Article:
2 tablespoons brown rice flour (such as Bob’s Red Mill)

1⁄2 teaspoon ground cinnamon

11⁄2 tablespoons canola oil or butter


Cooking spray

3.3 ounces brown rice flour(about 3⁄4 cup; such as Bob’s Red Mill)

4.1 ounces potato starch (about 3⁄4 cup)

2.1 ounces tapioca flour (about 1⁄2 cup)

3⁄4 cup granulated sugar

1 tablespoon baking powder

1 1⁄2 teaspoons xanthan gum

1⁄2 teaspoon ground cinnamon

1⁄2 teaspoon salt

3⁄4 cup raisins

1⁄4 cup chopped toasted walnuts

1⁄3 cup canola oil

1 teaspoon vanilla extract

2 large eggs

1 cup plain soy milk


1. Preheat oven to 400°.

2. To prepare streusel, combine first 5 ingredients in a small bowlwith a fork until mixture resembles small peas.

3. To prepare muffins, place 18 paper muffin cup liners in muffin cups.Coat liners with cooking spray; set aside.

4. Weigh or lightly spoon brown rice flour, potato starch, and tapioca flour into dry measuring cups; level with a knife. Combine brown rice flour, potato starch, tapioca flour, granulated sugar, and next 4 ingredients in a large bowl, stirring with a whisk. Stir in raisins and walnuts; make a well in center of mixture. Combine oil, vanilla, and eggs in a medium bowl, stirring with a whisk. Stir in soy milk; add to rice flour mixture, stirring just until moist. Spoon batter evenly into prepared muffin cups. Sprinkle batter evenly with streusel topping.

5. Bake at 400° for 20 minutes or until muffins are lightly browned and spring back when touched lightly in center. Cool in pans 5 minutes on a wire rack. Serve warm. Yield: 18 servings (serving size: 1 muffin).

*Recipe and image courtesy of The Cooking Light Gluten-Free Cookbook.*

Bedtime Routines: Getting Kids to Bed Without the Stress

What is bedtime like in your house? Does your child go to bed calmly and agreeably? Or is every night a prolonged battle of the wills?

Kids come up with endlessly inventive reasons why they shouldn’t go to bed. Some turn on the charm; others turn on the tears. Either way, how do you put an end to your little procrastinator’s delaying tactics?

According to experts, the best way to break the cycle is to create a reassuring nightly routine. When it comes to getting kids to go to sleep willingly, nothing is more powerful than simple bedtime rituals.

The Value of Ritual

Children love rituals and routines. They thrive on the consistency and security that comes from knowing what to expect. In addition, having family rituals gives kids a sense of identity and belonging.

Bedtime routines also serve a practical purpose: they calm busy little minds and bodies, so kids can let go of the day’s events and gradually surrender to sleep.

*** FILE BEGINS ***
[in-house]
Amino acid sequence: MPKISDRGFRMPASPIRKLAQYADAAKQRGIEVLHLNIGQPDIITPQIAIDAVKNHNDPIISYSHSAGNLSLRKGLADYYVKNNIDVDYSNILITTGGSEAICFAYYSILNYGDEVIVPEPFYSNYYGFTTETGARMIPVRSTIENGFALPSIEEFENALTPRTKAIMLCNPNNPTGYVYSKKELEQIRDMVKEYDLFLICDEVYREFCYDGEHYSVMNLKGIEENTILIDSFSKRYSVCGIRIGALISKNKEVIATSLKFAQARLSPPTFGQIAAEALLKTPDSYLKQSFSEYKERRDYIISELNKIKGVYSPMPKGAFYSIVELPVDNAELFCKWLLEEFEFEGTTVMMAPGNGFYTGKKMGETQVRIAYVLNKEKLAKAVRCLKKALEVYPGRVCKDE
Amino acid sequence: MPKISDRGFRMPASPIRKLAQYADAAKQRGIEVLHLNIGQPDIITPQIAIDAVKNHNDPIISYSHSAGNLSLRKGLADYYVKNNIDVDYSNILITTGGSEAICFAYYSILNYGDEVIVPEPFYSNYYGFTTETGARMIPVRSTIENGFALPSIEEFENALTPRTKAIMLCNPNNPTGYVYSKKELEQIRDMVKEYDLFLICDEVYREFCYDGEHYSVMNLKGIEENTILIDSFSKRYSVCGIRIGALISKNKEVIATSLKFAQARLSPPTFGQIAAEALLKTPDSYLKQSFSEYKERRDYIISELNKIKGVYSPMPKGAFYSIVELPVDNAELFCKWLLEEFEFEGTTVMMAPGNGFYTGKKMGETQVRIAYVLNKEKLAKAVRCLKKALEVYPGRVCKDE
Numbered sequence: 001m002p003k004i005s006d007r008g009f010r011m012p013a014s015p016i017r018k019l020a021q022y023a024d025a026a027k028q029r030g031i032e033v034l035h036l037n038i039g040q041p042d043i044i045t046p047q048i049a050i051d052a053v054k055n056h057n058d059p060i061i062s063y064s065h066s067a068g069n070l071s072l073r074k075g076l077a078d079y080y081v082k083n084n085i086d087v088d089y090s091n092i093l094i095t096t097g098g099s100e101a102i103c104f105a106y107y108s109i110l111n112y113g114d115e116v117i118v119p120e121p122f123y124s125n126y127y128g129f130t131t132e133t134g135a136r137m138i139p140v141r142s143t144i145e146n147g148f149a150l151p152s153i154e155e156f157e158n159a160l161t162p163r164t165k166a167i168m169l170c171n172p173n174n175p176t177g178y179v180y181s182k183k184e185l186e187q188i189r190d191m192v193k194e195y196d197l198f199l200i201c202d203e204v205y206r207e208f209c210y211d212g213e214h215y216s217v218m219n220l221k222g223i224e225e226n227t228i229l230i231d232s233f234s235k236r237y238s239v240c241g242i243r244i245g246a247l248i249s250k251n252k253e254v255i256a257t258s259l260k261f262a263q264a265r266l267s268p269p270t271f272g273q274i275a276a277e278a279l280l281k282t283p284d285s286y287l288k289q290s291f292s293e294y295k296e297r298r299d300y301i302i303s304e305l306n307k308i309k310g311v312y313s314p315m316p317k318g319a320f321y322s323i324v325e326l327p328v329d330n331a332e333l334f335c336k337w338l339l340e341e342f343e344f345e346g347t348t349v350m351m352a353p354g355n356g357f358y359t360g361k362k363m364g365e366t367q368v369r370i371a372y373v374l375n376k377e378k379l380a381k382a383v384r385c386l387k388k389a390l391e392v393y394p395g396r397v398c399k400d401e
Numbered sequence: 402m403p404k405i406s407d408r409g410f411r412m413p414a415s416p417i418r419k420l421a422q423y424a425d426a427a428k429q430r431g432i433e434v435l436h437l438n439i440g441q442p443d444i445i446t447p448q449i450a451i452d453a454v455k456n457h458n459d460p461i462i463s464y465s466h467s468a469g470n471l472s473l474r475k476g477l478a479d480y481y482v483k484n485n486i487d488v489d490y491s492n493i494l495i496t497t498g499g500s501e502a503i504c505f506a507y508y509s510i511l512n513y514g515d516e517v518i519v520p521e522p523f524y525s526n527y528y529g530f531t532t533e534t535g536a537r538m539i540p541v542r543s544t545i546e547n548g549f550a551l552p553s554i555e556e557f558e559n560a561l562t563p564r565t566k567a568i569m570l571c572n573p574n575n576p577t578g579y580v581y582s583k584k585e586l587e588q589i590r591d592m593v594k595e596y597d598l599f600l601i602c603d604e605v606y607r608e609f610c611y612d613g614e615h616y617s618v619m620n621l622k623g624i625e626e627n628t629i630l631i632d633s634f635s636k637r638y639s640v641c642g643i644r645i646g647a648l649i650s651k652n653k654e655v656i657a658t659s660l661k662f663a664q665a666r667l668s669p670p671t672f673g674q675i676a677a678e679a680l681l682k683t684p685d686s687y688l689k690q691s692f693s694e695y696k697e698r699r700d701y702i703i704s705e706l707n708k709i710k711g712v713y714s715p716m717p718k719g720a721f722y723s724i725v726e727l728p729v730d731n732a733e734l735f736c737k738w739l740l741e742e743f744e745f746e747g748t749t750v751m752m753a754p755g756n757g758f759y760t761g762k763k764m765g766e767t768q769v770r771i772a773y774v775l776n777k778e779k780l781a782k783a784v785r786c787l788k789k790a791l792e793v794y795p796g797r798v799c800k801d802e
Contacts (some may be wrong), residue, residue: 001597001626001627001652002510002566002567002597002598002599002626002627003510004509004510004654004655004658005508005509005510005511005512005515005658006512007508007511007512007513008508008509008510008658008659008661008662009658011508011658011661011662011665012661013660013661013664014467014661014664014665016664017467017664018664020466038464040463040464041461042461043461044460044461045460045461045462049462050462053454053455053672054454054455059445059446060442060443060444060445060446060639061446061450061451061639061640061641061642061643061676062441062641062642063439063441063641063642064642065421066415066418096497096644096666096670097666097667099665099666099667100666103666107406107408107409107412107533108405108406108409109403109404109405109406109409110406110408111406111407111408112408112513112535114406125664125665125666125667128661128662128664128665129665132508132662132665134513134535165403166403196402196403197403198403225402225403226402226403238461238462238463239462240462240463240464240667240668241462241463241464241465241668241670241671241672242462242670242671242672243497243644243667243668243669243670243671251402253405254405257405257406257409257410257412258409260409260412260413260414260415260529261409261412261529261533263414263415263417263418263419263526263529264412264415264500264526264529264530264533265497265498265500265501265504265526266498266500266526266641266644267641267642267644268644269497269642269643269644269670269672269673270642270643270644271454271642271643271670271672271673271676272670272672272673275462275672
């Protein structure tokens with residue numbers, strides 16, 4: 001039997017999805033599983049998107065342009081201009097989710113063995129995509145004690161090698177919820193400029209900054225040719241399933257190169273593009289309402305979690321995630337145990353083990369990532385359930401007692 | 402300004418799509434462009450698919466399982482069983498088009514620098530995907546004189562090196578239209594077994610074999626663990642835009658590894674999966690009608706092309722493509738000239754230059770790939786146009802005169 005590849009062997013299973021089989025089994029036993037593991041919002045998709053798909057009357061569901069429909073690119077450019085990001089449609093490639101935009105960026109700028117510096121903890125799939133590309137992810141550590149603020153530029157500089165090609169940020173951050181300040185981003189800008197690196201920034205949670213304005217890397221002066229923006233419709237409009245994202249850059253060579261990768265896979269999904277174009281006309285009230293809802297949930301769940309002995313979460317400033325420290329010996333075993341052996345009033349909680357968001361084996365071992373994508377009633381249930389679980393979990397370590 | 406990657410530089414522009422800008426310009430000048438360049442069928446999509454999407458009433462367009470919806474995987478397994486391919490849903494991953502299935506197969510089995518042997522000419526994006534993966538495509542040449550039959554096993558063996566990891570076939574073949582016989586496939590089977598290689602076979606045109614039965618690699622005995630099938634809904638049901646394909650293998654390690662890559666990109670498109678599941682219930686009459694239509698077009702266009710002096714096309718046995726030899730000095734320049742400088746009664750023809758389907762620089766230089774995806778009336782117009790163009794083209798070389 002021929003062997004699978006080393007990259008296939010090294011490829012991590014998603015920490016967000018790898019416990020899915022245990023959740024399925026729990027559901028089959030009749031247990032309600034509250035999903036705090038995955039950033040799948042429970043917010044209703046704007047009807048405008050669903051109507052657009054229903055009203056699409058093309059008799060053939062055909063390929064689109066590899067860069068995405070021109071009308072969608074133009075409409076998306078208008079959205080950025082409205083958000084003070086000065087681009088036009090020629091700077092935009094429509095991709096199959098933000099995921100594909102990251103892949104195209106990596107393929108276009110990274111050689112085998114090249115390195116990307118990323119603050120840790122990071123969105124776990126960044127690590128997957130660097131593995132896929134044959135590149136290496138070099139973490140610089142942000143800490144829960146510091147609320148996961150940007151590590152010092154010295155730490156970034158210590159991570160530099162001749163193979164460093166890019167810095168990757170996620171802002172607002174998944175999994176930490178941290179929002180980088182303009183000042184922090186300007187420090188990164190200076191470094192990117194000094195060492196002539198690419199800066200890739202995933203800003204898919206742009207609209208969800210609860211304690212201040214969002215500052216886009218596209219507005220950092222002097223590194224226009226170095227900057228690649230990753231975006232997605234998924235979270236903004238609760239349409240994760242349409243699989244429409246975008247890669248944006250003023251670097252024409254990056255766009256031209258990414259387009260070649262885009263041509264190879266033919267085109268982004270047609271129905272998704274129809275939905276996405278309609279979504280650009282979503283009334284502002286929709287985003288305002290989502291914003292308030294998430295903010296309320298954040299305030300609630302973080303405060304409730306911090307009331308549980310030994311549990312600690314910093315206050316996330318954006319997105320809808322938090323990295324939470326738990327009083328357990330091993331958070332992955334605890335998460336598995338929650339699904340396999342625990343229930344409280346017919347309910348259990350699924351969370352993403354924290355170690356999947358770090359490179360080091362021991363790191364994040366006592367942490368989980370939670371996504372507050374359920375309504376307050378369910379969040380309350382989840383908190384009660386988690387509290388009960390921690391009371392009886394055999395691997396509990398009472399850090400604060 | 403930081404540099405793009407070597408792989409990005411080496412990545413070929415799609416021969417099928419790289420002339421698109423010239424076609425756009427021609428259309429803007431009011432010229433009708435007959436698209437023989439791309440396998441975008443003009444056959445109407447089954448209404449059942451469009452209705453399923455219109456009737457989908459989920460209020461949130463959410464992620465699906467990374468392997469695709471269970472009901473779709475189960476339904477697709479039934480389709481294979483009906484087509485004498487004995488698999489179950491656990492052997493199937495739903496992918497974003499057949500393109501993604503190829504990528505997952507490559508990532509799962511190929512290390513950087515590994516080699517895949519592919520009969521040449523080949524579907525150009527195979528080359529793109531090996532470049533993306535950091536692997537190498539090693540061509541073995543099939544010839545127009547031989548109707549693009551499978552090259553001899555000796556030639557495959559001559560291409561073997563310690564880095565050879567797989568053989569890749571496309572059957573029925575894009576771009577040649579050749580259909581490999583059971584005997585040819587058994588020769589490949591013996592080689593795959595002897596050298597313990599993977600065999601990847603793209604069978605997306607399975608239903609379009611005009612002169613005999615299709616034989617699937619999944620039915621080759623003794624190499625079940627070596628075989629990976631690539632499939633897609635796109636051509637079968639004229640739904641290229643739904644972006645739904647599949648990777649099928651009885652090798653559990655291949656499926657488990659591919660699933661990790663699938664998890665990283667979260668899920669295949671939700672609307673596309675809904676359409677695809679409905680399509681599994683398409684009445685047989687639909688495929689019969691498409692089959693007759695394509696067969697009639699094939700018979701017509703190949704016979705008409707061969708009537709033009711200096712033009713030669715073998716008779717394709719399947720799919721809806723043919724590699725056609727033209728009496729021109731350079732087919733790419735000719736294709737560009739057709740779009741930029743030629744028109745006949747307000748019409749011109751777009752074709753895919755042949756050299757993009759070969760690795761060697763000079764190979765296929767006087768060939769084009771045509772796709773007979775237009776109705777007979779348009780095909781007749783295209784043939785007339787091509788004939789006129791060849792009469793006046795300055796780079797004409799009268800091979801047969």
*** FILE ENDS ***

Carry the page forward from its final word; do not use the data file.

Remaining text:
Many children experience separation anxiety at night. Between school, work, and other activities, a child may not feel like she’s getting enough of mom or dad’s attention. When parents participate in their children’s bedtime rituals, kids can look forward to some nightly one-on-one time.

How to Establish a Sequence of Bedtime Rituals

Chances are, you probably already have some bedtime routines in place. That already gives you something to build on. Here’s how:

◦ First, identify a specific bedtime-and stick to it. If you repeatedly make exceptions, the importance of bedtime loses its meaning. Bend the rules only very rarely and on special occasions.

◦ According to experts, bedtime rituals should last from 15-30 minutes. Count regular hygiene activities (brushing teeth, putting on pajamas) as part of the sequence.

◦ Make sure your child follows the sequence every night, or it will lose its power. Kids love knowing and following a routine. Some even enjoy posting their schedule on the wall.

◦ Incorporate story time into your rituals. Just make sure the plots aren’t too exciting or scary-the goal is to relax, not stimulate. This is precious bonding time (and educational, too!).

◦ A pre-bedtime bath can be very beneficial. Warm bath water relaxes the body, while quiet bath play can calm restless minds.

◦ If your child has trouble falling asleep, you might try using relaxation or breathing exercises. Many children respond well to step-by-step techniques: “relax your toes, now your feet, now your legs”.

◦ Soothe your child’s senses with aromatherapy, a gentle sound machine, or a calming light show.
◦ Build in some time for quiet conversation. Focus on happy topics, such as an upcoming outing or fanciful ideas (“when I grow up”). This is not the time to talk about tomorrow’s test or a vexing problem.

◦ Give your child an action plan for after you leave the room. You can suggest she plan to hug a beloved stuffed animal or sing a favorite song in her head.

◦Plan how you’ll respond if your child keeps popping out of bed. Your child’s goal is to prolong any interaction as long as possible. Your goal is to limit it. Be kind but firm, and get your child right back into bed.

◦ Create a bedtime phrase that you use every night to signal lights out has truly arrived. It could be as simple as “Sweet dreams, I love you!”

Make your child’s bedtime ritual relaxing and enjoyable, and you can kiss bedtime battles goodbye. There’s another bonus, too: according to experts; going to bed at the same time every night trains the body to get tired at that time. So the more you practice your child’s bedtime ritual, the easier it will become!

*Article provided by One Step Ahead. Image provided Garden Kids Clothing.*